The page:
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Ufone Uses Advanced Analytics to Study and Capitalize on Customer Behavior

Faisal Khaliq, CIO with Ufone - Photo by Sam Phelp

To increase marketing visibility, Ufone decided to reassess how it tracked customer data and created individualized and targeted marketing offers. To that end, it decided to deploy InfoSphere Streams and the Unica Campaign Management solution in an integrated single-silo environment, most of which runs on the Power 795 in a secured environment.

Currently, marketing employees will develop marketing offers based on CDRs, which are pushed to the Streams servers. That system will then analyze the CDRs—in 30 seconds instead of the previous three hours, thanks to Steams’ “big data velocity processing,” says Khaliq—and, based on predetermined rules, recommend a reward or service to be provisioned. Following that, the Unica server will poll the database for subscribers that match the targeted provisioning outlines.

On-the-Spot Analytics - Ufone may use place-based information in the future to offer on-the-spot coupons to customers walking past particular restaurants.

The WebSphere middleware then validates the requests, sometimes by performing simple data lookups in a variety of Ufone systems, including CRM and billing. Once the validation is complete, the middleware will provision the marketing offers based on business rules either stored in the middleware or in external files and databases. The resulting responses are then fed back into the primary database for further business-intelligence reporting.

That information is analyzed to create a deeper look into customer behavior. Based on the results, marketing efforts can be further refined to improve customer responses. For example, if a customer calls Ufone, the customer service representative can see a list of specialized offers in addition to traditional information, such as name, address, package type, billing transactions and any outstanding complaints.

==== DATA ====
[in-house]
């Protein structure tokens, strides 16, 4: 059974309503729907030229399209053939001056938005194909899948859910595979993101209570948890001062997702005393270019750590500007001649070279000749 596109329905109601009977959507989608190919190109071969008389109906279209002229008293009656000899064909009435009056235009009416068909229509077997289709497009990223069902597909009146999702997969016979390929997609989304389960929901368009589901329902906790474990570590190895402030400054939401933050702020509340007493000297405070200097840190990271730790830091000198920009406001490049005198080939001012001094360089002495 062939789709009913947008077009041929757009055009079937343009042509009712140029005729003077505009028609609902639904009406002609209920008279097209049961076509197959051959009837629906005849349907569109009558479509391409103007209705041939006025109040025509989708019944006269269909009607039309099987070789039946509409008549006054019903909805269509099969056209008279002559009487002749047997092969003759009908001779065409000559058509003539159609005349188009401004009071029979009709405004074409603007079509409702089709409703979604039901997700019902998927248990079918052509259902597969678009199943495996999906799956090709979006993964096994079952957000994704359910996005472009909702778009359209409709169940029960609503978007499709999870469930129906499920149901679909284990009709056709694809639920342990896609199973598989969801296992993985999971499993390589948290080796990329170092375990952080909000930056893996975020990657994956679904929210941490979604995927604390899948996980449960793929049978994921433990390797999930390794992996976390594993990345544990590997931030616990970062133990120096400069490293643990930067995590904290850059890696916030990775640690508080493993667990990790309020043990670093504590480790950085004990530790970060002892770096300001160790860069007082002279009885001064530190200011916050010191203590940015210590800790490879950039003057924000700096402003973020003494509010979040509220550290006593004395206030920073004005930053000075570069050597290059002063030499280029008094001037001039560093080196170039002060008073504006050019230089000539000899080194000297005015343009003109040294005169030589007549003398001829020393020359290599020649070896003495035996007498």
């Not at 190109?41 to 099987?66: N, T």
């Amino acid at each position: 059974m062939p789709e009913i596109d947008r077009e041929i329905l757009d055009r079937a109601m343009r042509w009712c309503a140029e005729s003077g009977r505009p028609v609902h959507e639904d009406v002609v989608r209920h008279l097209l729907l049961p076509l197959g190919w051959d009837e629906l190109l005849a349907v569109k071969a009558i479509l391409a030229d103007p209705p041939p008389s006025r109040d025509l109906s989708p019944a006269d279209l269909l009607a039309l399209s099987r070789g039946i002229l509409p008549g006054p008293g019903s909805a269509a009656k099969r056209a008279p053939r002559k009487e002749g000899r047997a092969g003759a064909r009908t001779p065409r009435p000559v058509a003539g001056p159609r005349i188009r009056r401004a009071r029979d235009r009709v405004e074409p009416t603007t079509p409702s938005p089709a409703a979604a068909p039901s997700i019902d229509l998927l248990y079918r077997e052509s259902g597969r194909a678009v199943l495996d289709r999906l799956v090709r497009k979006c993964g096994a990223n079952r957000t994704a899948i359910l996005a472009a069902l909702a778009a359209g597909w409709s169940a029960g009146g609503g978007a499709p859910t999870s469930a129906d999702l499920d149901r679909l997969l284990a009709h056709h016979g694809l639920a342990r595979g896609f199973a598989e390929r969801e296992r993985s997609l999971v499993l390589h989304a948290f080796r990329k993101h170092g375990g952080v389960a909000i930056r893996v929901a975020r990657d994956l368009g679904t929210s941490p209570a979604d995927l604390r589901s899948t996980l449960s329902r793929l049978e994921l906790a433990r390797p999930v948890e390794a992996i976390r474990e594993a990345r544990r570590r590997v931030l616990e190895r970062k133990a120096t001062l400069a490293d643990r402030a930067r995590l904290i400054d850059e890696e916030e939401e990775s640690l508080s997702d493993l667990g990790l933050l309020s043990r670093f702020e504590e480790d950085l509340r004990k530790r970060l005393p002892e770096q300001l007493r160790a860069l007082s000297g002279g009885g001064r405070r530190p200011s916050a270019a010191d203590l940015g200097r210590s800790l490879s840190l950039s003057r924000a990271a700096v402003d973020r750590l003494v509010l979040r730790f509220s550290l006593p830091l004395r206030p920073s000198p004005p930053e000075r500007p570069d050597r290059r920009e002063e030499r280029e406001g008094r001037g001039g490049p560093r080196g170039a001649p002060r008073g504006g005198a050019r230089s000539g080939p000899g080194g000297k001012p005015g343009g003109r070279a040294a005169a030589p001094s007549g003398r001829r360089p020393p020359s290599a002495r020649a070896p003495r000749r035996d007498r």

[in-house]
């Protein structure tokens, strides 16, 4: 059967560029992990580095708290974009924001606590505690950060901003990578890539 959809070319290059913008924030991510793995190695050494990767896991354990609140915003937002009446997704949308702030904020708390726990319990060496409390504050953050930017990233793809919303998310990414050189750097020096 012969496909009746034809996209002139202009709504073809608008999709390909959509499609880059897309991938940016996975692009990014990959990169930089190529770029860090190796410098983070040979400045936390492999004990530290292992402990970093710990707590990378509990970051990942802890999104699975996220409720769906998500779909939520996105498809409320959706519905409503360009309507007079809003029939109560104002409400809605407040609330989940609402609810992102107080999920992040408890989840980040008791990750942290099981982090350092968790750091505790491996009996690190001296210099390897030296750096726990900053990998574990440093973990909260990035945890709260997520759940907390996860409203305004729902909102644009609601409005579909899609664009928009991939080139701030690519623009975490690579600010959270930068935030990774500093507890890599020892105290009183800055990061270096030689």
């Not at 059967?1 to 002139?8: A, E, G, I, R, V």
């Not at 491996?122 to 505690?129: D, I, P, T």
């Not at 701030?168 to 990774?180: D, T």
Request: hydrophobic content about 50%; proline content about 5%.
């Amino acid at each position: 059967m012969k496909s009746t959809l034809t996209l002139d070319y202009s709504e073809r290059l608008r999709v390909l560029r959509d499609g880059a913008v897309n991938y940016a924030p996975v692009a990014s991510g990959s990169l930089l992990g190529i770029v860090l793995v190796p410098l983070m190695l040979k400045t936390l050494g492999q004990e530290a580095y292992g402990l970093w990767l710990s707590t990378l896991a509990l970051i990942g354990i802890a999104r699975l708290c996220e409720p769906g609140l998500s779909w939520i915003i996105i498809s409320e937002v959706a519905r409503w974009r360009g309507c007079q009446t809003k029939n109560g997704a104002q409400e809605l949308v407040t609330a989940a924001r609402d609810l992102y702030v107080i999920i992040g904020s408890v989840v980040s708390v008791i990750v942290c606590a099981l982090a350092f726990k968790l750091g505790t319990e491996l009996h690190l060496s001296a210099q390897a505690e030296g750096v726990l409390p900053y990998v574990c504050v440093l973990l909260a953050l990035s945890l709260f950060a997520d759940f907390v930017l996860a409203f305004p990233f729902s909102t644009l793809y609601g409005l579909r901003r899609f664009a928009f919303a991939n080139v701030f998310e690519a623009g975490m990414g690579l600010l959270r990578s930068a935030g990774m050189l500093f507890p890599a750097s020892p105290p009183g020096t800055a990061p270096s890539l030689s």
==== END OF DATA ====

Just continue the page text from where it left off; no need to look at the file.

As Khaliq explains, the customer service representative would present an offer that is most likely to appeal to the customer, based on analytical modeling. If the customer says no to the first one, the representative would move on to the next offer and so on. That information is fed back into the analytical system, which can then be used for other customers with similar behavior—if, for example, they’re heavy texters or heavy callers or even if they’re displeased with the services. “It’s amazing how well this type of customization works,” Khaliq adds. “Once you know the likes and dislikes of a particular customer segment, you can quickly home in on the best offerings to present to them. This creates a nearly individualized experience for our customers.”

Notably, this information is available in near-real time, based on CDR history. And in today’s world of smartphones, companies such as Ufone have a bevy of data available to them about individual customers, including, for instance, most-visited blogs, fashion preferences or technology interests.

Even unsuccessful campaigns can be instructive. If the churn or opt-out rate is the same for a control group that didn’t receive an offer and a target group that did receive an offer, companies can quickly determine the campaign wasn’t a success. Organizations can then feed that information back into their analytics engine to tailor campaigns to make them more successful. “The possibilities are nearly endless,” Khaliq says.

Jim Utsler, IBM Systems Magazine senior writer, has been covering the technology field for more than a decade. Jim can be reached at jjutsler@provide.net.

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